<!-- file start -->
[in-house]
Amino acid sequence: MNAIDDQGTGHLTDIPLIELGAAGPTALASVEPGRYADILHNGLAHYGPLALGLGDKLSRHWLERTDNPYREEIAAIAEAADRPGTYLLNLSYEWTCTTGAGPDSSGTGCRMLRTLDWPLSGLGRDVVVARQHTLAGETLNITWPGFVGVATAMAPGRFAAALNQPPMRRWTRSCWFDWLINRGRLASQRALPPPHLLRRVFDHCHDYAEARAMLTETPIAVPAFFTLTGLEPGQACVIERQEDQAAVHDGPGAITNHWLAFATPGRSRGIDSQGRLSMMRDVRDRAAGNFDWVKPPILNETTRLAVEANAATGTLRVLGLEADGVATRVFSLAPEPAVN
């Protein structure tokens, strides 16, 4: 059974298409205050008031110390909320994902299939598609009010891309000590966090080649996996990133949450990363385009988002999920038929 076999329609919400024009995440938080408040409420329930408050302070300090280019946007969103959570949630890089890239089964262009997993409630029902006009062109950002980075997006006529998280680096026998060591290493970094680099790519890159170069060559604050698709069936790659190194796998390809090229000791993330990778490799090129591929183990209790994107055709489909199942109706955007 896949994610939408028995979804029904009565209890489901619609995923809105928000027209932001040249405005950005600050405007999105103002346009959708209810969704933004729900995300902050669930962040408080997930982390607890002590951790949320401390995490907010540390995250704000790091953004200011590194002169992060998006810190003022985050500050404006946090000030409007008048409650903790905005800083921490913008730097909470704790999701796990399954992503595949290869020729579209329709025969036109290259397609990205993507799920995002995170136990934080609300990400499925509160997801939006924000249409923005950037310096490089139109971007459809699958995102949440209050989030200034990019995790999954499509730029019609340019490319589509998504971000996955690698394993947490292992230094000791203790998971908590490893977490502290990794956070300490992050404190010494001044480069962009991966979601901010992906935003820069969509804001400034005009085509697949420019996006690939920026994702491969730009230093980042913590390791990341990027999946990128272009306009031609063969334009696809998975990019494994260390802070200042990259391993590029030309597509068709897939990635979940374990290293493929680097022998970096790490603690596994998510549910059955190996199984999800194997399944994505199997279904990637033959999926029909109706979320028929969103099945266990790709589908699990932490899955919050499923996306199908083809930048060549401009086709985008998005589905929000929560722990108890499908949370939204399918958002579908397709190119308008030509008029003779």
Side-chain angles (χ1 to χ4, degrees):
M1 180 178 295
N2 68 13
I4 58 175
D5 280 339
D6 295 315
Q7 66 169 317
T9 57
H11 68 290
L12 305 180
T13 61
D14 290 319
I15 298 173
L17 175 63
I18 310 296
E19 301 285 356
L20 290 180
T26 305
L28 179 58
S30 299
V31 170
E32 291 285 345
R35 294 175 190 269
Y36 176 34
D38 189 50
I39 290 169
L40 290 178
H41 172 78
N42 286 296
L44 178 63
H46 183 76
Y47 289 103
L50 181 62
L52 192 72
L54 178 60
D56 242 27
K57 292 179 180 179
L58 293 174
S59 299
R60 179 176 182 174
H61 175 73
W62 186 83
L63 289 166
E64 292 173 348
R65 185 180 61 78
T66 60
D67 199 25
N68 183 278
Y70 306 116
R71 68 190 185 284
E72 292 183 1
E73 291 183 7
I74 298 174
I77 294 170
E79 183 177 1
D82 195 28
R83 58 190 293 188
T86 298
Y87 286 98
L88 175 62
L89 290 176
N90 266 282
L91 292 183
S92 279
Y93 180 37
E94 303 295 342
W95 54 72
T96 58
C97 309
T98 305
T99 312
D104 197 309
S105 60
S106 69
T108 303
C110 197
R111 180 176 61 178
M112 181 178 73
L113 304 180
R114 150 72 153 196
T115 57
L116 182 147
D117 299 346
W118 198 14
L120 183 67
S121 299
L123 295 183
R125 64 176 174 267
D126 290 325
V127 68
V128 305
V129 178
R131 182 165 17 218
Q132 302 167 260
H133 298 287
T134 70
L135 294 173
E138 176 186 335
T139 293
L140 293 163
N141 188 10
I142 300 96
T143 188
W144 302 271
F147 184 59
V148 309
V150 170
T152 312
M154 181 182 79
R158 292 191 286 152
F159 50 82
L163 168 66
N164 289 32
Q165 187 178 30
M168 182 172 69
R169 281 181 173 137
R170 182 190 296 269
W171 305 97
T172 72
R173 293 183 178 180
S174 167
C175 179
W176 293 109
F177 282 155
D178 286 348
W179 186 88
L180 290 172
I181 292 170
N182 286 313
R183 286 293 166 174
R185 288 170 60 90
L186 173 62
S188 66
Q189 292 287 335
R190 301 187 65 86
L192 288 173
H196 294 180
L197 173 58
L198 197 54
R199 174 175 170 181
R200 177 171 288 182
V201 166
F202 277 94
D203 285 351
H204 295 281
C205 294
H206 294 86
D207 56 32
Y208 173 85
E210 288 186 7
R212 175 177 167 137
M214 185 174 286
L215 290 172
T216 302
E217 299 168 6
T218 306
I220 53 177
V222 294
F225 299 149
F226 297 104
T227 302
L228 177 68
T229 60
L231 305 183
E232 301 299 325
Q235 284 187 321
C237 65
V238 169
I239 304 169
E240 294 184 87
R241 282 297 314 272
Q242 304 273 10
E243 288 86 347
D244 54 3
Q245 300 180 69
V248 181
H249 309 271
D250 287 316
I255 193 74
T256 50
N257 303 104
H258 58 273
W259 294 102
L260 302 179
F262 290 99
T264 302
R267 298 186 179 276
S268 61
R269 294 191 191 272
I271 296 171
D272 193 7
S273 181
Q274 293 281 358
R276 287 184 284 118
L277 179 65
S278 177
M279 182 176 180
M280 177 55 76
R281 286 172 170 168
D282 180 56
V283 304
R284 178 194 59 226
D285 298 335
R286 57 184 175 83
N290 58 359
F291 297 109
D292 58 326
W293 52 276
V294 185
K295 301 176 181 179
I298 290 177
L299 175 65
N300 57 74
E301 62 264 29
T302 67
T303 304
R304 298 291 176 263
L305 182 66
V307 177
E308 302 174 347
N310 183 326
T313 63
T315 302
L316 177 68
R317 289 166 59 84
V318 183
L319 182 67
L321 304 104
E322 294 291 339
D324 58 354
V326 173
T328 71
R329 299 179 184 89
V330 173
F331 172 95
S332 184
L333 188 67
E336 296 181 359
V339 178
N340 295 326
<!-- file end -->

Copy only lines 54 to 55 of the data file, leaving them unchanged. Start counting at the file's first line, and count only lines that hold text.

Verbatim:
E72 292 183 1
E73 291 183 7